New Jersey law enforcement will no longer be able to simply request cellphone tracking information in an investigation. In 30 days, the state will require that authorities first obtain a search warrant before a mobile provider hands over tracking data.
The ruling came down from New Jersey’s Supreme Court in connection with a 2006 burglary arrest. Police were able to arrest Thomas Earls, who was found in a motel room with a number of stolen possessions, using cellphone tracking data from T-Mobile. Chief Justice Stuart Rabner wrote in his opinion that people expect privacy when entering into contacts with mobile cellphone providers. Furthermore, Rabner said that people don’t expect their information to be shared with others, even when they have an understanding that they are sharing information with that service provider. The relationship remains between the service provider and the customer, not any third parties.
“No one buys a cellphone to share detailed information about their whereabouts with the police,” Rabner wrote. “That was true in 2006 and is equally true today. Citizens have a legitimate privacy interest in such information.”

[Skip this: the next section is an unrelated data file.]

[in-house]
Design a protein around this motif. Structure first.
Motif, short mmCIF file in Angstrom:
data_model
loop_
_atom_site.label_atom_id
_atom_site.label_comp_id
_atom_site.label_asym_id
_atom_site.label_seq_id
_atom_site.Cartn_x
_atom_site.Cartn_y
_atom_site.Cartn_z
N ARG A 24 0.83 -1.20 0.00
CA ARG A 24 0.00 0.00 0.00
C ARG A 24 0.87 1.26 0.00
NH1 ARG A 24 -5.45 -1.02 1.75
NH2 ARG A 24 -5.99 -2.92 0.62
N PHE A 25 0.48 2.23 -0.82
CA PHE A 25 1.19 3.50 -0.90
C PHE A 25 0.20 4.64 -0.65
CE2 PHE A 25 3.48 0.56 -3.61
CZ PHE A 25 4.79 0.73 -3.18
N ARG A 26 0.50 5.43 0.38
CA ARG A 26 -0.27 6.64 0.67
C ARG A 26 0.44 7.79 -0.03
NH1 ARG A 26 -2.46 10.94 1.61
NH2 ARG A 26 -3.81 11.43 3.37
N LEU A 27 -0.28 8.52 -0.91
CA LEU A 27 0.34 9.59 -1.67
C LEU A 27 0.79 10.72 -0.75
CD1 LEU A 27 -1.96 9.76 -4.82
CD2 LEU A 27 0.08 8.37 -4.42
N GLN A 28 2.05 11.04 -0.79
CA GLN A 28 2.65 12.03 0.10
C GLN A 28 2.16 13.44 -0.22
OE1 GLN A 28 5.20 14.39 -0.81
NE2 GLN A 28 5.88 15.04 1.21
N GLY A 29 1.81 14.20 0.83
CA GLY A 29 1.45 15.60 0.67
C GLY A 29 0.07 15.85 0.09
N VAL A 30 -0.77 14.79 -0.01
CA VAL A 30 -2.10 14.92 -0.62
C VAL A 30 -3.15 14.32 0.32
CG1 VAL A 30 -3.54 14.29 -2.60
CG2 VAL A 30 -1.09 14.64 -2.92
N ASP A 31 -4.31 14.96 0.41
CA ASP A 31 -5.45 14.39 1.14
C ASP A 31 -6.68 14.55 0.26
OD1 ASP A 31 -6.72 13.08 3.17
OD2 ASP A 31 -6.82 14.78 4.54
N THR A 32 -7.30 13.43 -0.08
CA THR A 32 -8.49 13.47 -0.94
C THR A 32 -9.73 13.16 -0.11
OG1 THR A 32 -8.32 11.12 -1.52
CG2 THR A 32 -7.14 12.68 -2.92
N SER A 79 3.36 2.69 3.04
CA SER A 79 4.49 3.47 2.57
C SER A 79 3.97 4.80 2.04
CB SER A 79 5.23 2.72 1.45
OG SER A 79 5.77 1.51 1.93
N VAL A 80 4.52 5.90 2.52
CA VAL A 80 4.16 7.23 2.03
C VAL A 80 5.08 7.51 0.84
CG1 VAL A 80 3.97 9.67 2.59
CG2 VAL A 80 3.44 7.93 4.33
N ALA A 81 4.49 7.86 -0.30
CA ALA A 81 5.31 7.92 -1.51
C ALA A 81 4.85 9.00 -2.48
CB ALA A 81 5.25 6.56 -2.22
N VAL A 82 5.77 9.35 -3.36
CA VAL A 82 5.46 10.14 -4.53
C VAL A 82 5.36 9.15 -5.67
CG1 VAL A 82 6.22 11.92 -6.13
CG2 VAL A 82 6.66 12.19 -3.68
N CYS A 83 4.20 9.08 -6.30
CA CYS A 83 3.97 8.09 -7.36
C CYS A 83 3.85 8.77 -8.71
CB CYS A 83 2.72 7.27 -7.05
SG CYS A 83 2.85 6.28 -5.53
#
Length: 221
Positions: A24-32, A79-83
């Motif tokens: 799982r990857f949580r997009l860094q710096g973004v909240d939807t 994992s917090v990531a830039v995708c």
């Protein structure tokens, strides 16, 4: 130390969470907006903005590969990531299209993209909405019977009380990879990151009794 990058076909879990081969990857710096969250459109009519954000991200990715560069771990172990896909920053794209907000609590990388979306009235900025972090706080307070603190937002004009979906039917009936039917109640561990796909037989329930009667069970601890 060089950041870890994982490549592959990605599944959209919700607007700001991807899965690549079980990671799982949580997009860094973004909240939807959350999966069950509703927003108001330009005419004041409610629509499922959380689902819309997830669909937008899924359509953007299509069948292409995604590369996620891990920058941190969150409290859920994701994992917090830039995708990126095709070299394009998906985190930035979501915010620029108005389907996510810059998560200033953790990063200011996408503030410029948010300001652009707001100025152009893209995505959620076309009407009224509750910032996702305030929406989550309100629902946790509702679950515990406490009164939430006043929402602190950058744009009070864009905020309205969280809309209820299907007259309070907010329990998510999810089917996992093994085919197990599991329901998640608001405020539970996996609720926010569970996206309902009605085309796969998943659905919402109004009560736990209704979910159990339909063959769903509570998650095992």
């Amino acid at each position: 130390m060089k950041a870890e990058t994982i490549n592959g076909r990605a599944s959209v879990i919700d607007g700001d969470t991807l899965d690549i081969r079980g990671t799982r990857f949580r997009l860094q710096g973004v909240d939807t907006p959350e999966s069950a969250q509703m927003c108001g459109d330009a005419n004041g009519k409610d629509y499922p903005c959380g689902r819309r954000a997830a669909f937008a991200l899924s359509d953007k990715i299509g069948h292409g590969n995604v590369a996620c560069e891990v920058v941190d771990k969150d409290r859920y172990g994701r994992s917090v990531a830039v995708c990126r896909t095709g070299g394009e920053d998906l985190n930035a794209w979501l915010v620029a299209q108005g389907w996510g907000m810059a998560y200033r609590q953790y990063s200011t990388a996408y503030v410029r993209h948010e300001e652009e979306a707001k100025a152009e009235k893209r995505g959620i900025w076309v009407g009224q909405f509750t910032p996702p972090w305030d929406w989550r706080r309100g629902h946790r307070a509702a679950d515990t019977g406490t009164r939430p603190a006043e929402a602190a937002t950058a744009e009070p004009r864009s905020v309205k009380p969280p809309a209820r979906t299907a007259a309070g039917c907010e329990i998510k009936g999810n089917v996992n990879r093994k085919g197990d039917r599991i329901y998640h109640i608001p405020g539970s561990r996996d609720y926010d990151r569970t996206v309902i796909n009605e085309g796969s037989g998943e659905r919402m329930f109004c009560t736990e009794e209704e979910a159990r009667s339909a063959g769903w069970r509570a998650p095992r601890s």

The search warrants must be probable-cause based and will only affect Earls’ case and all future cases.
The decision comes at a pivotal time for Americans and privacy given the recently leaked information about a U.S. government surveillance program called PRISM. Former NSA contractor Edward Snowden collected a number of top-secret NSA documents regarding the type of information it collects on American citizens and foreign entities and has been releasing them over the last month. A number of privacy advocacy groups have gathered together to call attention to these issues and petition the government for change.
The New Jersey branch of the American Civil Liberties Union called today’s news a “win for your privacy” on its Facebook page.